With the proliferation of network-connected devices, healthcare organization networks have grown larger and more complex. This gives potential hackers more opportunities to infiltrate provider systems.
One of the most helpful techniques for improving security is network segmentation — breaking networks into pieces, placing devices with similar security needs on each segment and restricting all network traffic attempting to cross those segments.
Here’s four tips for getting started:
1. Analyze Network-Connected Medical Devices
Segmentation won’t be effective unless you first analyze the overall security posture of your network-connected devices. Each network segment should contain devices with similar trust levels, so that compromising a low-trust device does not grant easy access to high-trust devices.
Examples of segments include separating visitor devices from organization devices and separating laptops used by management from medical devices.
2. Design and Implement Healthcare Network Segmentation
There are two types of segmentation: physical and virtual. Physical, on-premises segmentation is generally the most expensive option and takes the longest to implement, but it can also provide the strongest security. That’s especially true if segments have their own internet connections, making them truly separate.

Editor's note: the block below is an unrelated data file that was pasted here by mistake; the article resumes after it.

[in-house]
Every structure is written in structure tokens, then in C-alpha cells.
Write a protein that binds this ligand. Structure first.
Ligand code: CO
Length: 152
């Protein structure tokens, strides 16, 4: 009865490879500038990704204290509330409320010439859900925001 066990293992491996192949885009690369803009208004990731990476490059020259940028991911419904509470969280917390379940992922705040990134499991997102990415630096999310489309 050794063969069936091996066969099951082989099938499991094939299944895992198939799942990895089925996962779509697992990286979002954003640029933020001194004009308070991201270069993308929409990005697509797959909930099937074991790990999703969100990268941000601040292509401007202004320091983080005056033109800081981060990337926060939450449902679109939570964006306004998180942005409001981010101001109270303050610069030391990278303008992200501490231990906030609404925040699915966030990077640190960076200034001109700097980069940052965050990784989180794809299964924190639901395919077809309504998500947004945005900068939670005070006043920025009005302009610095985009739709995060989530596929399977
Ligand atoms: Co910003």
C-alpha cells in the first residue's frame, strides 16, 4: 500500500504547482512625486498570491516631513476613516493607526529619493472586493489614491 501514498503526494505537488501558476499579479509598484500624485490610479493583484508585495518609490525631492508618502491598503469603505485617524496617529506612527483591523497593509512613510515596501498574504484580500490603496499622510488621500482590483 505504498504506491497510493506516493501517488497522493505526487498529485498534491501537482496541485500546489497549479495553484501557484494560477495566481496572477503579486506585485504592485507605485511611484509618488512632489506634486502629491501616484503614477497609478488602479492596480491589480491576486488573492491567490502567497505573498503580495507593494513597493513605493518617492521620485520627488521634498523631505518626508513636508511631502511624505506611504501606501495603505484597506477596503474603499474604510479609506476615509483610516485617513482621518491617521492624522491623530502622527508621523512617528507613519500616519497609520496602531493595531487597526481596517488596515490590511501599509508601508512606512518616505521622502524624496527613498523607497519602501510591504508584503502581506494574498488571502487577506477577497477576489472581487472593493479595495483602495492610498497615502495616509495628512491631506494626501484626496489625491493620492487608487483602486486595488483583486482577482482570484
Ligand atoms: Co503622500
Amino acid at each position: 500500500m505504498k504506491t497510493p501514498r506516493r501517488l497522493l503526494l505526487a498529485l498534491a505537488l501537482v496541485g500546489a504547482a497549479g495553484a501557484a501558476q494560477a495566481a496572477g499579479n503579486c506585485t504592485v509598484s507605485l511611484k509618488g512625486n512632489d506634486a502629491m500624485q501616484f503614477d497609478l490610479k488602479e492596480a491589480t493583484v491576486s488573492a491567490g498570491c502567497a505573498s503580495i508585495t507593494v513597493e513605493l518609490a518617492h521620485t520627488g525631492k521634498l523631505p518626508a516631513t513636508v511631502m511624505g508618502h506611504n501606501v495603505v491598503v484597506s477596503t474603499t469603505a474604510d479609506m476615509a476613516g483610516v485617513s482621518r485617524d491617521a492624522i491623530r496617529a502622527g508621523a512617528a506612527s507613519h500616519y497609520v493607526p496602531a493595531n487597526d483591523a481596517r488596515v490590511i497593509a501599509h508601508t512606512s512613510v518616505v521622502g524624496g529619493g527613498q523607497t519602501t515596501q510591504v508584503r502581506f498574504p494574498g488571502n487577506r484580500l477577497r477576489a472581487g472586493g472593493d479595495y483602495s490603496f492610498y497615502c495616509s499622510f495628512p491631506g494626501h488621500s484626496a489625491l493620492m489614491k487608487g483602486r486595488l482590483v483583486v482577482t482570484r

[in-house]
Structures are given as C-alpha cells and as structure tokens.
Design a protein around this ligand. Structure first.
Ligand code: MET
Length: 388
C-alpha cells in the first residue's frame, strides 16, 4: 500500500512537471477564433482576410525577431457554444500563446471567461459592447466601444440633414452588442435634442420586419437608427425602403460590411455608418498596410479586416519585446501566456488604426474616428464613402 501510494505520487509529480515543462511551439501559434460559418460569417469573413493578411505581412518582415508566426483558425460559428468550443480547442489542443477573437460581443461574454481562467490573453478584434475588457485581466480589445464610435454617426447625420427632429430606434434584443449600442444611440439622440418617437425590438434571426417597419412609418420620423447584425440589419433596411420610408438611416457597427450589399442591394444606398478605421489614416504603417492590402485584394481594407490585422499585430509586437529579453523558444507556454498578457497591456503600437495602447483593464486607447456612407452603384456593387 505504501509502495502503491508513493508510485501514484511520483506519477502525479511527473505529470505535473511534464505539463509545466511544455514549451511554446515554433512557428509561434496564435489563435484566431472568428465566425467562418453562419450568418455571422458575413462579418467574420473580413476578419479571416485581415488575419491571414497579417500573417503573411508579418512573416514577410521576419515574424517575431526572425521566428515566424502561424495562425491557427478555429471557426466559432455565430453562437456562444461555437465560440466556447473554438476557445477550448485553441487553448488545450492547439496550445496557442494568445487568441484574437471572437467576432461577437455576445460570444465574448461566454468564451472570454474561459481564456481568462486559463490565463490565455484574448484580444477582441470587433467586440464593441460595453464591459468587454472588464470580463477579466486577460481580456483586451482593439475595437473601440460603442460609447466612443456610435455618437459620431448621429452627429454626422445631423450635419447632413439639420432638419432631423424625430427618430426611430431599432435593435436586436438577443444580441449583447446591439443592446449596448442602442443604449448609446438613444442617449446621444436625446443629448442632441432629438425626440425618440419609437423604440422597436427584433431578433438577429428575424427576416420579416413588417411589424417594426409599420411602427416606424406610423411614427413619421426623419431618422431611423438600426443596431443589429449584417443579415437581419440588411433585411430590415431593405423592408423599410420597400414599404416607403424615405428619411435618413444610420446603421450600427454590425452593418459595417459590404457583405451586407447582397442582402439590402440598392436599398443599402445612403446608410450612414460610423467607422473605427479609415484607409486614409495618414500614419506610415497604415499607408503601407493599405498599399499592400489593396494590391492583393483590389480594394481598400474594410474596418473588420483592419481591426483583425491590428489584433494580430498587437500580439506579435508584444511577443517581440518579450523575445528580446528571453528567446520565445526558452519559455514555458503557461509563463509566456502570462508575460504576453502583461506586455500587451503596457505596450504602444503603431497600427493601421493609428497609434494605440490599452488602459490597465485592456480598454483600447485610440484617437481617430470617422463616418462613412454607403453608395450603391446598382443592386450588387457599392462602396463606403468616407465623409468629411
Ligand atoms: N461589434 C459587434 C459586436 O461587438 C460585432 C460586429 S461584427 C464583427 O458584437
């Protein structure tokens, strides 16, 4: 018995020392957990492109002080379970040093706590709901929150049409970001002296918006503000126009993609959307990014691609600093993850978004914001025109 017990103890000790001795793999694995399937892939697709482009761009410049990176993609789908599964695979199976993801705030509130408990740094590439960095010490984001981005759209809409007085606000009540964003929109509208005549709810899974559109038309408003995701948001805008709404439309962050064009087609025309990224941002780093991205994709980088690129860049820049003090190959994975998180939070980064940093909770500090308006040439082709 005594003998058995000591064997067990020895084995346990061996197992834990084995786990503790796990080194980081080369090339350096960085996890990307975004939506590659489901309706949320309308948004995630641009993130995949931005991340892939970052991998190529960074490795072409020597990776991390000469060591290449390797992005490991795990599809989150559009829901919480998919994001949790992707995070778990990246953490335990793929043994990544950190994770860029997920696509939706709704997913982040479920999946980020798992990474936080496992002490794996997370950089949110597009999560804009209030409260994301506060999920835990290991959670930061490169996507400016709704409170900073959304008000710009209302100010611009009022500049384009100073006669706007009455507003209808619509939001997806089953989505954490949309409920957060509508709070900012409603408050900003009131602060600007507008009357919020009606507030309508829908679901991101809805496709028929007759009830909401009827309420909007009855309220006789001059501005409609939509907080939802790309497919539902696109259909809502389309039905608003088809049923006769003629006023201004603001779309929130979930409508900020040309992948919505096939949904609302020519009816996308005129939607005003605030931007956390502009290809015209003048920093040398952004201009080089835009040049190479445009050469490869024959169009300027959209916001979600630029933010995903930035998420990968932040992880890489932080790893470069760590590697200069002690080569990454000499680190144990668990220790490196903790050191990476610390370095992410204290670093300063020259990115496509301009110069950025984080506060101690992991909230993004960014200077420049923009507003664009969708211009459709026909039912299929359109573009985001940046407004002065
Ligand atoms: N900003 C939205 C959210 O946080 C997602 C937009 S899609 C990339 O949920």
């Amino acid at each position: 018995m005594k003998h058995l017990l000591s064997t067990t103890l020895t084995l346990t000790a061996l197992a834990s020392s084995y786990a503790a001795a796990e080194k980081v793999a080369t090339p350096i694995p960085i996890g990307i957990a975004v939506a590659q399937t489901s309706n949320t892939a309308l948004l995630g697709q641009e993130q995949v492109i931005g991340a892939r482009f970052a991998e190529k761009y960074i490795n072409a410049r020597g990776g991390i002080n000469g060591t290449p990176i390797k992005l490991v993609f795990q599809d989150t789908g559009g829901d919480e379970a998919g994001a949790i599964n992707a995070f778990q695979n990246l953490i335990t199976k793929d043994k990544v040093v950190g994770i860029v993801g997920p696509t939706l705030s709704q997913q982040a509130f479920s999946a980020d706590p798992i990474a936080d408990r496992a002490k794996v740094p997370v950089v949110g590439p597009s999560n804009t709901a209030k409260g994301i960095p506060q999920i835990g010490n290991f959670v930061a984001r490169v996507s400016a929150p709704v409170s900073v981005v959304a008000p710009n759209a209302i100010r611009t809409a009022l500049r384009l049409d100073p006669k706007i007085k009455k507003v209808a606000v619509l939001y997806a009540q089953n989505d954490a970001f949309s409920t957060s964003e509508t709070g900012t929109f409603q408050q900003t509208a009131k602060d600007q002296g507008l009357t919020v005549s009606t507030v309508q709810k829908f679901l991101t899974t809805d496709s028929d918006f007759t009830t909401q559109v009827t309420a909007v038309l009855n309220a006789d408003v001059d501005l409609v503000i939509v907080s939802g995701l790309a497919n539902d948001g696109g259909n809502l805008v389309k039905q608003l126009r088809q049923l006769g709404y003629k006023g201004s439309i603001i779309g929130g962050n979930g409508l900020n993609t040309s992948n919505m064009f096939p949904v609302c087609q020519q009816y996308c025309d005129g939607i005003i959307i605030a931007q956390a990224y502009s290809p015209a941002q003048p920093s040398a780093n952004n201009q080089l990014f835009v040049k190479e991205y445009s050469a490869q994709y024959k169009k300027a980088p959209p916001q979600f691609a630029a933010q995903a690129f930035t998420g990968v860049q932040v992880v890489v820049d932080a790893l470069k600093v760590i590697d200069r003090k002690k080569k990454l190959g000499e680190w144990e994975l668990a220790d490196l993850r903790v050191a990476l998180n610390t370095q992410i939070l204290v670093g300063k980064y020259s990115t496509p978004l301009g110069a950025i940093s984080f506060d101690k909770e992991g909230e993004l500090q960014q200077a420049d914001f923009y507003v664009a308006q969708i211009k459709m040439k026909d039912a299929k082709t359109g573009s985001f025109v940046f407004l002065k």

Another physical segmentation option is to move devices to the cloud, but this is only feasible in limited cases. Virtual segmentation can usually be achieved quickly and inexpensively, but it may not be as strong.
Regardless of the method, providers must use additional technologies to monitor and restrict network traffic at each segment boundary.
3. Monitor First, then Enforce with Hospital Staff
Roll out segmentation in phases to minimize operational disruption. Don’t enforce restrictions for segment-to-segment traffic at the outset. By using a monitor-only mode, you can identify issues and correct them without inadvertently blocking necessary activity. After resolving these issues, you can start enforcing the restrictions.
4. Maintain the Segmentation and Adjust Over Time
Segmentation requires maintenance over time. As the organization deploys new devices and retires existing ones, new segments may be needed and old segments may need to be consolidated or eliminated. Changes to restrictions will also be necessary to account for changes in devices, network traffic and security risks.